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DNF - First DNF at Mont Tremblant 70.3 2024

IMMT 70.3 Course Report - By Constance Geoghan

For those who are interested in this 70.3, here are my thoughts.

Swim:  Beautiful.  Single loop, crystal clear lake water.  The lake can get rough in bad weather, but even when it’s rough, it’s beautiful.  It’s like swimming in a bottle of Poland Spring.

Bike:  After Blue Ridge, this is my favorite bike course.  It’s beautiful, with lots of mountain vistas to keep your eyes engaged.  It’s also got variety, with a couple of long, grinding climbs, some rollers and some super-fun descents.  Pacing matters, as the penultimate 5 miles or so deliver a pretty intense series of climbs up the Chemin Duplessis and then a 180-degree turn around and a 5 mile fun, rolling descent into T2.

Run:  It’s rolling, but it seems very do-able to me.  The run consists of a rolling set of climbs from T2, then into a rails-to-trails type of bike path to the turn-around, and you return roughly the way you came.  The final mile brings you past the swim exit, up a hill that will absolutely burn your legs but it’s okay to let them burn because from the top of that hill, it’s a brilliant downhill dash through the village to the finish.  You can really let it fly.  Overall, a super fun course – just pace it appropriately on the bike and on the first half of the run so you can let it rip over the last 10 kilometers.


2024 IMMT 70.3 Race Report           


Now for my report. 


I’ve completed the Mont Tremblant full Ironman twice before, and I was quite looking forward to this race.  The course is a favorite of mine and I’ve not done a triathlon yet this year, so I am chomping at the bit to get the season going.


I got to Mont Tremblant with my daughters, Anna Lee (age 18) and Katherine (age 15) late-ish on Friday. My son, Daniel (age 13) was home with my ex-husband (Dan).  This becomes relevant later.


The 5150 (Olympic distance race) was on Saturday and the 70.3 was scheduled for Sunday.  Check in was easy and I had my race number and packet within 15 minutes from getting to the village.  I was surprised that there wasn’t a clean transition and that there weren’t bike and run bags provided.


I’d not been closely following the weather, which turned out to be a mistake, because I hadn’t packed cold weather gear for the trip beyond a hat for under my bike helmet and gloves.  I will never make that mistake again.  I have a cold weather cycling jersey that would have been useful if I’d gotten onto the bike portion of the race (spoiler alert, I didn’t). 


Saturday, the girls and I watched some of the 5150 and took advantage of the resort.  I also took my new race bike, Rudolph the Red Nosed Tri Bike (nicknamed “Chonk” because he’s heavier than my other race bike) for a check ride up the Duplessis climbs.  The MT course has a kind of vicious section in the final 10 miles or so of each loop, where you take on a series of steep climbs with very little downhill to recover between climbs.  The nice part is you get to the top and it’s a 180-degree turnaround, so you get to fly back down what you just labored to get up.  Wheeeeee.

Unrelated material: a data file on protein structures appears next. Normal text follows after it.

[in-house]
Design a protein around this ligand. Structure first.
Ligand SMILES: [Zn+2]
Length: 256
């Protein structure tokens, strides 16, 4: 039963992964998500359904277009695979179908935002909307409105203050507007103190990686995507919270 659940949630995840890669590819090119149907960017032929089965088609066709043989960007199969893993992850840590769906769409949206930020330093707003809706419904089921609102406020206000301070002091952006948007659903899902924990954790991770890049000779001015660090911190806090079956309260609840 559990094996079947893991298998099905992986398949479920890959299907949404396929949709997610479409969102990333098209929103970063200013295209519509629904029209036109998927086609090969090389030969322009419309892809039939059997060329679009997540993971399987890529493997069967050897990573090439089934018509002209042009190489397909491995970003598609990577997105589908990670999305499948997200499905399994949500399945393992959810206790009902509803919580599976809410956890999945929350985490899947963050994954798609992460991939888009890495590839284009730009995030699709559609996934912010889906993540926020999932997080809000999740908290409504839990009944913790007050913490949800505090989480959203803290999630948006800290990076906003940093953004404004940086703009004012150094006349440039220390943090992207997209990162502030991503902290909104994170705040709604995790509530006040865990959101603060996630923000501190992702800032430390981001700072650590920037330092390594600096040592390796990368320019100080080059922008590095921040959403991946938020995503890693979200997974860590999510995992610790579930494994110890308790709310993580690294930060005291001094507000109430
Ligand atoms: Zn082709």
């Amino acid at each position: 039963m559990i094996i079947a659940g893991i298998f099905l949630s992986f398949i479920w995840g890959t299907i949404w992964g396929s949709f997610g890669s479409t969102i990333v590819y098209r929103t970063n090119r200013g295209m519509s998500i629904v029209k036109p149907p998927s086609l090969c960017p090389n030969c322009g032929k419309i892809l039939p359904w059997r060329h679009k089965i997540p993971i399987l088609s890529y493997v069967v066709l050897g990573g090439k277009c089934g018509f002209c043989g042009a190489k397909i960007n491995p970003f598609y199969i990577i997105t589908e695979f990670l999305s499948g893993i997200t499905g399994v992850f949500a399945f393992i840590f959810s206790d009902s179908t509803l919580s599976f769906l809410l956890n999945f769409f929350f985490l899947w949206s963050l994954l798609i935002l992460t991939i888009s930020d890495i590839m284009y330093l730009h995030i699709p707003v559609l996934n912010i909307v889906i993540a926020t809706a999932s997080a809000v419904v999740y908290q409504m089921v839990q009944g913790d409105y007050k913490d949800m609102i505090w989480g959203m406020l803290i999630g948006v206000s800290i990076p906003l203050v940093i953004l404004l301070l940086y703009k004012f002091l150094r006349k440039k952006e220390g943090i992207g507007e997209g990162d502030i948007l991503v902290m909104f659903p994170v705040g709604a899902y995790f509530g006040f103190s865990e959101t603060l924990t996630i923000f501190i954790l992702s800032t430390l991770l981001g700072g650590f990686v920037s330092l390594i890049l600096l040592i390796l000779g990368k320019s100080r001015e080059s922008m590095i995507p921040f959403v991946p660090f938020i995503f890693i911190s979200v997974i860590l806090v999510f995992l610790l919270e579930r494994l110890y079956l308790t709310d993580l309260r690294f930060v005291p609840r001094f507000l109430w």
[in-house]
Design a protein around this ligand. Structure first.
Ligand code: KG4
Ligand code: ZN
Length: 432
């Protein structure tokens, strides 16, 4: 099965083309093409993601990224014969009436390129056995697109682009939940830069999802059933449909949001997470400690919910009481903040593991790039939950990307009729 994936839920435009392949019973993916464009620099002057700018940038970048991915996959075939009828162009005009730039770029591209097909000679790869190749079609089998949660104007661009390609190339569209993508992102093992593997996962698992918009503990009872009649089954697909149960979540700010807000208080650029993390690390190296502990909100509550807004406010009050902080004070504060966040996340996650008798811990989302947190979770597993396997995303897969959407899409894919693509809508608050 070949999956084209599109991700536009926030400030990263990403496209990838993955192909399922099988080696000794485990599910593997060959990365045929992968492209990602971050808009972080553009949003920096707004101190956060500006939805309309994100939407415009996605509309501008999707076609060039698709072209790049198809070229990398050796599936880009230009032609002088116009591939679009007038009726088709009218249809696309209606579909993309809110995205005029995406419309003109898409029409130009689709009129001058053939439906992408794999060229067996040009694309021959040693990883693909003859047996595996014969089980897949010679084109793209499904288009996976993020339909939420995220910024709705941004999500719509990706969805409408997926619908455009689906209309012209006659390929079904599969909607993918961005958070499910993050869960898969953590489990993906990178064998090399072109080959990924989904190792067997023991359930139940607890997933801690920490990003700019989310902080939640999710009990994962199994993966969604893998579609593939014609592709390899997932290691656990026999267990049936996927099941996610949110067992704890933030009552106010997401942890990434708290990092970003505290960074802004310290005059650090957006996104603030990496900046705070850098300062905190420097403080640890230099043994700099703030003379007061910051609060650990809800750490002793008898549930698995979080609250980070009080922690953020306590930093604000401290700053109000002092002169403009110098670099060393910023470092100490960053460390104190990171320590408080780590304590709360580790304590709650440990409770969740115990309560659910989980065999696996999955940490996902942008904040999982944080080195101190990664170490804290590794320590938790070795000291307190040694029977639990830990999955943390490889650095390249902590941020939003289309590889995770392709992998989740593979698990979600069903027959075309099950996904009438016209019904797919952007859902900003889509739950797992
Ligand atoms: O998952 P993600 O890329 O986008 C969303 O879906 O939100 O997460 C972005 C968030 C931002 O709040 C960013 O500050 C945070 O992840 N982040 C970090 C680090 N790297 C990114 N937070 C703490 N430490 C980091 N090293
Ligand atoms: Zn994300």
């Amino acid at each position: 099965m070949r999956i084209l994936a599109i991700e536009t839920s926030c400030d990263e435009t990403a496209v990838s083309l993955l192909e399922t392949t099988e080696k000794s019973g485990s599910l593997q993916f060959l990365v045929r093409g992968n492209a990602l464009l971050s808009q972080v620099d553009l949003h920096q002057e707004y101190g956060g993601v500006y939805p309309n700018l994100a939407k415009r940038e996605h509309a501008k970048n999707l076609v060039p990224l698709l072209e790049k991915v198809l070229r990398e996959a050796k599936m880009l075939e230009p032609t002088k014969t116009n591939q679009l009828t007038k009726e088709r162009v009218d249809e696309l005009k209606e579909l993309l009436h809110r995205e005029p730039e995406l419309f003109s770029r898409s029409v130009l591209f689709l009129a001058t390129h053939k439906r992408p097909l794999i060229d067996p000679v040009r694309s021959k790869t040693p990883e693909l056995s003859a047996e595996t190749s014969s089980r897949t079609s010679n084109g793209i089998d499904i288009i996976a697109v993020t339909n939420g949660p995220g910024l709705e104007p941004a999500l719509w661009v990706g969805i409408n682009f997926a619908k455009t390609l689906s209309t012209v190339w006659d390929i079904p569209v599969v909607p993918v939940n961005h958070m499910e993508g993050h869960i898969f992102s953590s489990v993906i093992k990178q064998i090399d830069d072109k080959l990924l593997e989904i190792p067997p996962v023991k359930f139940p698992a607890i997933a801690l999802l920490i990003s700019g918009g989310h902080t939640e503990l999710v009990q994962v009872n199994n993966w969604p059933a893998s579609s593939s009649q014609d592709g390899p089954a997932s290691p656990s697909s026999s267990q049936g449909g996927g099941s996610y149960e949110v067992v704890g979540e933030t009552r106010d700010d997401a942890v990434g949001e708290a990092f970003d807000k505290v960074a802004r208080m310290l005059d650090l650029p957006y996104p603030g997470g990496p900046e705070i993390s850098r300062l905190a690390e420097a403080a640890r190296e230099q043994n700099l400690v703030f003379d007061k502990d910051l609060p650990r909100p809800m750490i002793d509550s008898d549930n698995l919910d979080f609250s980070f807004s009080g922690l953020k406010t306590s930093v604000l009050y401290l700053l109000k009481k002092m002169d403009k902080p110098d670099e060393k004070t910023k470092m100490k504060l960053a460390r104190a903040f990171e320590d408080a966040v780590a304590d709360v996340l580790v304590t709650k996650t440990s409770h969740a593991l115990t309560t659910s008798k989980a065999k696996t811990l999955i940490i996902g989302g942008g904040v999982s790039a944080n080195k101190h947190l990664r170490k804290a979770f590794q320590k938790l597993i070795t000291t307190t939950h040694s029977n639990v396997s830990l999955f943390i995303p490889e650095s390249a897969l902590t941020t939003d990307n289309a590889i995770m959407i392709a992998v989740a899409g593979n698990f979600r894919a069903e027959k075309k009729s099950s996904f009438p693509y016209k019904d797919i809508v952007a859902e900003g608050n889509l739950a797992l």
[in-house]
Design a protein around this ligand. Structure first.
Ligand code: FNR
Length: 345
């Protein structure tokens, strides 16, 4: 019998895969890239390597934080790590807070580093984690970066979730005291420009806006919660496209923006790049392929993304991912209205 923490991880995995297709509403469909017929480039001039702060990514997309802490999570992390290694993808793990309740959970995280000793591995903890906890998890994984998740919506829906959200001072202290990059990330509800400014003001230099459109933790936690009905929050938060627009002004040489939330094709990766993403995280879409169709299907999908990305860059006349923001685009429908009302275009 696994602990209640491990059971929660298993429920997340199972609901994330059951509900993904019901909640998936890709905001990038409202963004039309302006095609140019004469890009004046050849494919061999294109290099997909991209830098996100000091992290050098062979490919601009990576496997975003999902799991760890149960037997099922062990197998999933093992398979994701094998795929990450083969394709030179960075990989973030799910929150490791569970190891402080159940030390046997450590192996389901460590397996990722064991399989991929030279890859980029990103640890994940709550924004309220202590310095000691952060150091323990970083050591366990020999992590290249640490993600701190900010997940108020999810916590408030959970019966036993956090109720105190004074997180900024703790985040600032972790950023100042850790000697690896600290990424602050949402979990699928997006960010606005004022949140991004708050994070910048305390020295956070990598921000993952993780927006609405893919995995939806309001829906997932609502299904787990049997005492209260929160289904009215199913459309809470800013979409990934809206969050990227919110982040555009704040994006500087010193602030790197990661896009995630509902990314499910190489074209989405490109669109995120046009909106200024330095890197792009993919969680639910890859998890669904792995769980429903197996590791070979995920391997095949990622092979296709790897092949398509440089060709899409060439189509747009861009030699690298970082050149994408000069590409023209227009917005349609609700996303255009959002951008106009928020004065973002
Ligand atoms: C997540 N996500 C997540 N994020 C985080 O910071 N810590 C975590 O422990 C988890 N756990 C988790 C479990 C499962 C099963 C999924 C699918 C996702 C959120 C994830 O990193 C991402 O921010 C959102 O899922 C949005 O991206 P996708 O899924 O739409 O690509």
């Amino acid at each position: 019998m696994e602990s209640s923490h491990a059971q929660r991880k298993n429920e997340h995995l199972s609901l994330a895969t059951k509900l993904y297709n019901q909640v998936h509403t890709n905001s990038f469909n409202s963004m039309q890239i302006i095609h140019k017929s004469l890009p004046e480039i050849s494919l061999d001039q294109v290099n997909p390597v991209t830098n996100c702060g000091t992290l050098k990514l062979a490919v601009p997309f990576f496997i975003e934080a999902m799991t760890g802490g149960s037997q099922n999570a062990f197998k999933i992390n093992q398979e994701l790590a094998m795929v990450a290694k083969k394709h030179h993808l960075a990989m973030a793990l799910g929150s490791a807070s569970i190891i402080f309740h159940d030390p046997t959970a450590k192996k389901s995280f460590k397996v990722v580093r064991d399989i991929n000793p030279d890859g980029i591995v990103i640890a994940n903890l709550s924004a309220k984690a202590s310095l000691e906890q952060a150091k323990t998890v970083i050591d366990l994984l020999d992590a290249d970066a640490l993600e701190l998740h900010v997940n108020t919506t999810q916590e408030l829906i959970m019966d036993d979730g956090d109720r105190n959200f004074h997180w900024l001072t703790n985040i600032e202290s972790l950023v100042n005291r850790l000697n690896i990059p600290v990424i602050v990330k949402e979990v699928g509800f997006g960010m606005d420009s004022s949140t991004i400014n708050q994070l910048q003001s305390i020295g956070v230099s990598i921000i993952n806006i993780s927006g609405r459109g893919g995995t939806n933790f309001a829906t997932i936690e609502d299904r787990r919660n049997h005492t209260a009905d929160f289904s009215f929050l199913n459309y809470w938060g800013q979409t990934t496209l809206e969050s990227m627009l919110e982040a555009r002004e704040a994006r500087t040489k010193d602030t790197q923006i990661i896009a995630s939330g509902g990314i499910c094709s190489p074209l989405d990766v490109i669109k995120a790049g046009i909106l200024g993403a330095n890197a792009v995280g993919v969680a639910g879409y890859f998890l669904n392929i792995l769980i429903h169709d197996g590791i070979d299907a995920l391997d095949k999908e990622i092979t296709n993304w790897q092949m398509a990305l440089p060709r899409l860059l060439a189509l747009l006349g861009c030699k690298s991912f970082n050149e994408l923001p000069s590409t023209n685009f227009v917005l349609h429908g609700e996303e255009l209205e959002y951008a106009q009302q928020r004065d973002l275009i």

I was nervous about riding Chonk since he’s heavy and he’s not totally familiar to me yet.  I’ve only ridden him outside a handful of times.  That said, my regular race bike (Eloise) went into the shop for a two-week repair in April and isn’t back yet, so Chonk was all I had.  Regardless, I wasn’t too worried about racing on Chonk.  Maybe a little bit nervous, but totally manageable. 


Saturday afternoon, I got a text from Dan.  Credit to him, he opened with “I’m okay.”  He then added that he had gone to the hospital with chest pains and while he was there, the EKG registered a heart attack.  He was admitted.  Daniel was home alone; Dan was finding a relative to take him (from the ER while he was being prepped for an emergency heart procedure – talk about multitasking). He then told me he would be fine, and I should have a good race.  Now to be clear - I don’t want to be married to Dan anymore, but I still like him, and I definitely don’t want him dead.  Therefore, this situation was upsetting, a bit stressful and a distraction.  Daniel texted the girls at the same time I got the message from Dan, so even if I’d wanted to keep them in the dark, I couldn’t have done so.  We discussed pulling the plug and going home, but they didn’t think it made sense since Dan was in the hospital and Daniel had decided to stay with his grandmother for the overnight.  We had an early dinner, and I gave the weather a quick check before I went to bed.   That was when I saw the bad forecast and the flash flooding advisories.  I started to wonder if I wanted to take my chances on the new bike in bad weather.  I went to bed deciding to play it by ear in the morning. 


Sunday was a washout from the start.  It was cold and pouring as I got ready.  I sent the girls back to bed, telling them the weather was too rotten for them to come out to cheer.  Both were worried, and Katherine had a deep furrow between her brows as she asked me if I was going to swim in the storm.  I lied through my teeth and told her Ironman wouldn’t let us in the water if it wasn’t safe for all the racers.  At 05:30, I headed to transition to drop my bottles on my bike and pump up my tires.


I stayed in a condo about 5 minutes from transition, and as I was walking back to the condo to wait for the start, I saw a man heading down to his bike.  His eyes lit up when he saw me heading up the hill toward my condo.  “Cancelled?  It’s cancelled?” he asked.  “No,” I said.  His face fell.  I understood where he was coming from.  He didn’t want to race, but he didn’t want to back out.  I’ve been there. 


The girls were out of bed when I got back to the condo.  I told them again that it was too stormy out and they should stay inside.  I said I was walking down to the start, but I wouldn’t get in the water if I wasn’t convinced it was safe.  The fear on Katherine’s face stuck with me.